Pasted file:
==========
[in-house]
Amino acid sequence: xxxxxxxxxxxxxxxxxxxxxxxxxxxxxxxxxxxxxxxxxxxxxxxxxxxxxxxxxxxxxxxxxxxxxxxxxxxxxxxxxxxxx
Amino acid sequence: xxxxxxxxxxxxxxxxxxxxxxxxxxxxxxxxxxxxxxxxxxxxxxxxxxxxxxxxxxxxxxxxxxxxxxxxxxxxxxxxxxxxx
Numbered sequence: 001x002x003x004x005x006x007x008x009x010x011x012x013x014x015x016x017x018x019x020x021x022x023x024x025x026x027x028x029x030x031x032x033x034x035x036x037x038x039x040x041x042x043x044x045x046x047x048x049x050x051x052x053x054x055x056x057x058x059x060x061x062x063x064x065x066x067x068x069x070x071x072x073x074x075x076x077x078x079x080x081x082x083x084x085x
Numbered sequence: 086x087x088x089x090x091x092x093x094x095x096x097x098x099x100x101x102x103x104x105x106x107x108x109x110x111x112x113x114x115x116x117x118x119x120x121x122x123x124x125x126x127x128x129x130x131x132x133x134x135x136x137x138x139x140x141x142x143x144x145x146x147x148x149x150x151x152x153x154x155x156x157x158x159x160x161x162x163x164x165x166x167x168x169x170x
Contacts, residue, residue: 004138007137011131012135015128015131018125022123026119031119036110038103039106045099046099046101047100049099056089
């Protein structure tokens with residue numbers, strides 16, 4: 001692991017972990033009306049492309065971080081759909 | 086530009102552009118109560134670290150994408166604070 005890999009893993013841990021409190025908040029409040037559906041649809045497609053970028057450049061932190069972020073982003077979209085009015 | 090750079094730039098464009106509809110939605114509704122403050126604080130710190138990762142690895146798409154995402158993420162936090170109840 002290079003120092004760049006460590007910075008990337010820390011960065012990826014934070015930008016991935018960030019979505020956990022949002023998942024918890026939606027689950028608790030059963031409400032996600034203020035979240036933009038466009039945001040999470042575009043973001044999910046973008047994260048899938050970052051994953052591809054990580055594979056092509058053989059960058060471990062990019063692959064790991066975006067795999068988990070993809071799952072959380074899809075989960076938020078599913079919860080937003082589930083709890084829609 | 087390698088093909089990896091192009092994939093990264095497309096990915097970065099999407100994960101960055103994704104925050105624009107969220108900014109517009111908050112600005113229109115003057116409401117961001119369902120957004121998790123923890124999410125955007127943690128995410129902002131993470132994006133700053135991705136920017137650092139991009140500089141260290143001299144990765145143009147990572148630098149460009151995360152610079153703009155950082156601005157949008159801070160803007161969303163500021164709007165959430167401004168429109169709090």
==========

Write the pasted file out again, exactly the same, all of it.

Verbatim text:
[in-house]
Amino acid sequence: xxxxxxxxxxxxxxxxxxxxxxxxxxxxxxxxxxxxxxxxxxxxxxxxxxxxxxxxxxxxxxxxxxxxxxxxxxxxxxxxxxxxx
Amino acid sequence: xxxxxxxxxxxxxxxxxxxxxxxxxxxxxxxxxxxxxxxxxxxxxxxxxxxxxxxxxxxxxxxxxxxxxxxxxxxxxxxxxxxxx
Numbered sequence: 001x002x003x004x005x006x007x008x009x010x011x012x013x014x015x016x017x018x019x020x021x022x023x024x025x026x027x028x029x030x031x032x033x034x035x036x037x038x039x040x041x042x043x044x045x046x047x048x049x050x051x052x053x054x055x056x057x058x059x060x061x062x063x064x065x066x067x068x069x070x071x072x073x074x075x076x077x078x079x080x081x082x083x084x085x
Numbered sequence: 086x087x088x089x090x091x092x093x094x095x096x097x098x099x100x101x102x103x104x105x106x107x108x109x110x111x112x113x114x115x116x117x118x119x120x121x122x123x124x125x126x127x128x129x130x131x132x133x134x135x136x137x138x139x140x141x142x143x144x145x146x147x148x149x150x151x152x153x154x155x156x157x158x159x160x161x162x163x164x165x166x167x168x169x170x
Contacts, residue, residue: 004138007137011131012135015128015131018125022123026119031119036110038103039106045099046099046101047100049099056089
């Protein structure tokens with residue numbers, strides 16, 4: 001692991017972990033009306049492309065971080081759909 | 086530009102552009118109560134670290150994408166604070 005890999009893993013841990021409190025908040029409040037559906041649809045497609053970028057450049061932190069972020073982003077979209085009015 | 090750079094730039098464009106509809110939605114509704122403050126604080130710190138990762142690895146798409154995402158993420162936090170109840 002290079003120092004760049006460590007910075008990337010820390011960065012990826014934070015930008016991935018960030019979505020956990022949002023998942024918890026939606027689950028608790030059963031409400032996600034203020035979240036933009038466009039945001040999470042575009043973001044999910046973008047994260048899938050970052051994953052591809054990580055594979056092509058053989059960058060471990062990019063692959064790991066975006067795999068988990070993809071799952072959380074899809075989960076938020078599913079919860080937003082589930083709890084829609 | 087390698088093909089990896091192009092994939093990264095497309096990915097970065099999407100994960101960055103994704104925050105624009107969220108900014109517009111908050112600005113229109115003057116409401117961001119369902120957004121998790123923890124999410125955007127943690128995410129902002131993470132994006133700053135991705136920017137650092139991009140500089141260290143001299144990765145143009147990572148630098149460009151995360152610079153703009155950082156601005157949008159801070160803007161969303163500021164709007165959430167401004168429109169709090």